The objective of this short history is to "trace six factors...that have gone into the making of Turkey today". The author marshals his factors in chronological order: ancient native Turkish traditions, Persia, Byzantium, Islam, "what sort of Islam", and conscious westernisation. Although this statement of intent suggests an analytical study of the historical roots of modern-day Turkey, in the pages that follow the reader finds instead a brief chronological textbook enlivened by a host of interesting anecdotes, perplexing ironies and humorous stories.
Written by a first-class historian with intelligence, wit and an impressive grasp of world history, Turkey: A Short History flows well, provides valuable details and helps the reader to place the historical development of Turkey in a larger context. The book fails, however, to make a significant contribution either to Turkish history or to the methodological debates that surround it.
Although written elegantly, Norman Stone's book lacks a convincing theoretical framework. Like many short histories of its kind, it offers a simplified linear narrative with an objective. Older studies on modern Turkey routinely presented the Ottoman past as a prologue to modern, secular Turkey. The study in hand adopts this teleological approach, making history an agent and assigning it duties with a clear-cut aim. Here it is not just Ottoman history that is given the task of producing modern Turkey; the early Turks of Central Asia are likewise charged with preparing the ground for the modern-day Turkish state. The book approaches the late Ottoman period through the problematic paradigm of decline, overlooking the emergence of developments that suggested alternatives to the current republic and, in some cases, remain to challenge it.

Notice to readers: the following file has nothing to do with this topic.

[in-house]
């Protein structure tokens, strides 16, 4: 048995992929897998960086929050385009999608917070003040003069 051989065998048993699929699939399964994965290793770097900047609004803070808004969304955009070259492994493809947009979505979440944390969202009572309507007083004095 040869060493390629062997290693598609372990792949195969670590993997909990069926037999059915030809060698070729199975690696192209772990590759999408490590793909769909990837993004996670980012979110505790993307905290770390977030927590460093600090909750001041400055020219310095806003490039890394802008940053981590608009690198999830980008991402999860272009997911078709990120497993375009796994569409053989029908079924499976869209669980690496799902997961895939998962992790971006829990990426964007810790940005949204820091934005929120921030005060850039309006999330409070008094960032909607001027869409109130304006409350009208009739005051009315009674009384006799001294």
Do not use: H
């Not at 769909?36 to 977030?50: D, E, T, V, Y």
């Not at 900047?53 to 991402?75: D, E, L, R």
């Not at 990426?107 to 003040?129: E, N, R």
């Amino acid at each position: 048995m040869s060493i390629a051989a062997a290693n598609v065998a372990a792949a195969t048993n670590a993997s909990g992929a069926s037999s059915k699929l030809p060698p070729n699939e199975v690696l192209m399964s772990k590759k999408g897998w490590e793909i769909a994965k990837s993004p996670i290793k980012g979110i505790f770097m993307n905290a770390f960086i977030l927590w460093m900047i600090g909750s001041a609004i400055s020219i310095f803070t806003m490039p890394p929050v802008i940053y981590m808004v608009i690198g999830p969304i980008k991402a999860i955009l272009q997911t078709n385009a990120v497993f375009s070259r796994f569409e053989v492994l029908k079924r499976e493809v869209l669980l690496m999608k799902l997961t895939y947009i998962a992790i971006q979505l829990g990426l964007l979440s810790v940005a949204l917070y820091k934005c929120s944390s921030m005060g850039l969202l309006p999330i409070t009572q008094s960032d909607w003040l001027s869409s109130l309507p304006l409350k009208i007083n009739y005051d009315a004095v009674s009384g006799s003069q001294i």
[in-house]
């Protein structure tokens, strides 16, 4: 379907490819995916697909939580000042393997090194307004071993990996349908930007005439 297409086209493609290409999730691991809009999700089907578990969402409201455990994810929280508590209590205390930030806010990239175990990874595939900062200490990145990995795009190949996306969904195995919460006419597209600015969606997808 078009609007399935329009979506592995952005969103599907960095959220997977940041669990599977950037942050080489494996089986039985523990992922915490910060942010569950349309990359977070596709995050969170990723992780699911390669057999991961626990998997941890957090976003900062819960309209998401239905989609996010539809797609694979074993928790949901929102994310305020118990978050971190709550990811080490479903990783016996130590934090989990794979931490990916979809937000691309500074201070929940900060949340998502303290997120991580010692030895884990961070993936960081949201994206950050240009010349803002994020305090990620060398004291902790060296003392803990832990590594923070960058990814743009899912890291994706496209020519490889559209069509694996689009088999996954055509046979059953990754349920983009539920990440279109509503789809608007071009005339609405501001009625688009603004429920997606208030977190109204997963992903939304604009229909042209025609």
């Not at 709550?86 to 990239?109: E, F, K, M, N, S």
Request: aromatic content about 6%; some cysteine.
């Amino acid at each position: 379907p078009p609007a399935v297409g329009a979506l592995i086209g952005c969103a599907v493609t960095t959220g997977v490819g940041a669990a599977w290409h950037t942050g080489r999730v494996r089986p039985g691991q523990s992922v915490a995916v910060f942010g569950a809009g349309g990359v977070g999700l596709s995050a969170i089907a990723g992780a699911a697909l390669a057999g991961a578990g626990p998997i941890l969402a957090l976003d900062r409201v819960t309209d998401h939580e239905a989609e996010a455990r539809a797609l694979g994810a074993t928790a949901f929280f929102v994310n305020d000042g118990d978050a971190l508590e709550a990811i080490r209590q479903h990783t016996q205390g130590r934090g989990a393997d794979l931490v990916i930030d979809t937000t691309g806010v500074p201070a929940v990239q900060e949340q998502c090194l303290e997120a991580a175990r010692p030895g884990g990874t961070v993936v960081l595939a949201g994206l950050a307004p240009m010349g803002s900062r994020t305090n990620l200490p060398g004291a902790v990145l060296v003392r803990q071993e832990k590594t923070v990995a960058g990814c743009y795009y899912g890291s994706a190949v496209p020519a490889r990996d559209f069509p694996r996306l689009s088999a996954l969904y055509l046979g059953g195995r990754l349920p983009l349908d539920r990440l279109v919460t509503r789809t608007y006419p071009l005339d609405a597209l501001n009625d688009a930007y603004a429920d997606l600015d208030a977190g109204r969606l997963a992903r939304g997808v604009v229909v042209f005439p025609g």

Although the author declares his distance from several controversial issues in Ottoman and Turkish history by writing that "it is not really for an outsider to comment" on them, he nonetheless takes some strong positions. For instance, many would disagree with his analysis of "the Armenian disaster" as the consequence of Armenian terrorism. Although a Russian official had remarked that the Armenians' own actions had paved the way for "an Armenia without Armenians", this tragic episode was more complex than "Turks giving Armenians what they wanted".
Similarly, the author's depiction of the 1980 Turkish military coup - which resulted in more than 650,000 arrests, a large number of hangings and deaths under torture - as analogous to a Boy Scout training programme implemented by humane generals might raise eyebrows in Turkey. Finally, Stone's description of the Ottoman past as a long peace contradicts the historical record, especially of late Ottoman history. From the late 19th century until 1912, the Ottoman Balkans witnessed the longest guerrilla war in history before Vietnam.
This study likewise suffers from factual errors and anachronistic references. To cite just a few: the alphabet question was the subject of extensive debates in the Ottoman Empire, and it was not necessary to translate a telegram into French to send a coded version of it. Ebu's-Su'ud Efendi suggested that accumulating interest might be permissible for charitable religious foundations; he did not propose it for bankers. The 1905-07 uprisings in Eastern Anatolia were against the poll tax and the tax on domestic animals, and played no role in the Young Turk Revolution of 1908. Similarly, the avoidance of anachronistic wordings such as "Italians joining Turkey in 1854", and the banishment of Midhat Pasha to long years of exile and eventual murder in "Saudi Arabia", would have rendered the text more solid.
Stone's book is recommended reading for those looking for a brief, clear and entertaining history of Turkey, but not necessarily for those interested in the state of the art.
Turkey: A Short History
By Norman Stone
Thames & Hudson, 192pp, £16.95
Published 14 March 2011